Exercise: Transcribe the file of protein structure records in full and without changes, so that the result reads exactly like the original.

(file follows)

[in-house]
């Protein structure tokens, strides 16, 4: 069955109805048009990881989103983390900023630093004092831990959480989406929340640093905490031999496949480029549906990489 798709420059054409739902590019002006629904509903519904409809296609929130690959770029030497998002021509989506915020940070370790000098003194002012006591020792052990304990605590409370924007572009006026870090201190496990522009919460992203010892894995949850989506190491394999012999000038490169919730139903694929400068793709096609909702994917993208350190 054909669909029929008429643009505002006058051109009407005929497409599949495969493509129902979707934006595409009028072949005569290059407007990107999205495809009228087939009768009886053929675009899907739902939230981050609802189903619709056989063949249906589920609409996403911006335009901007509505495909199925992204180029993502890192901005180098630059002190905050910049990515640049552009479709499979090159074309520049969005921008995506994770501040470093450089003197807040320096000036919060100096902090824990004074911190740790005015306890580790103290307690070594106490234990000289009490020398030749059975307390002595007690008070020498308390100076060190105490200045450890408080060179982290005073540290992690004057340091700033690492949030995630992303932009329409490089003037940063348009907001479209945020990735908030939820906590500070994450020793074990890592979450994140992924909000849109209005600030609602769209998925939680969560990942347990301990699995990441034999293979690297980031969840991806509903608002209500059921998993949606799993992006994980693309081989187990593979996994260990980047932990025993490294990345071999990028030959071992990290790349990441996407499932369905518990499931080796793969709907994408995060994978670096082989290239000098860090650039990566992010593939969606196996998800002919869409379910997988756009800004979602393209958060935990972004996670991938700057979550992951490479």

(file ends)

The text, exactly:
[in-house]
């Protein structure tokens, strides 16, 4: 069955109805048009990881989103983390900023630093004092831990959480989406929340640093905490031999496949480029549906990489 798709420059054409739902590019002006629904509903519904409809296609929130690959770029030497998002021509989506915020940070370790000098003194002012006591020792052990304990605590409370924007572009006026870090201190496990522009919460992203010892894995949850989506190491394999012999000038490169919730139903694929400068793709096609909702994917993208350190 054909669909029929008429643009505002006058051109009407005929497409599949495969493509129902979707934006595409009028072949005569290059407007990107999205495809009228087939009768009886053929675009899907739902939230981050609802189903619709056989063949249906589920609409996403911006335009901007509505495909199925992204180029993502890192901005180098630059002190905050910049990515640049552009479709499979090159074309520049969005921008995506994770501040470093450089003197807040320096000036919060100096902090824990004074911190740790005015306890580790103290307690070594106490234990000289009490020398030749059975307390002595007690008070020498308390100076060190105490200045450890408080060179982290005073540290992690004057340091700033690492949030995630992303932009329409490089003037940063348009907001479209945020990735908030939820906590500070994450020793074990890592979450994140992924909000849109209005600030609602769209998925939680969560990942347990301990699995990441034999293979690297980031969840991806509903608002209500059921998993949606799993992006994980693309081989187990593979996994260990980047932990025993490294990345071999990028030959071992990290790349990441996407499932369905518990499931080796793969709907994408995060994978670096082989290239000098860090650039990566992010593939969606196996998800002919869409379910997988756009800004979602393209958060935990972004996670991938700057979550992951490479």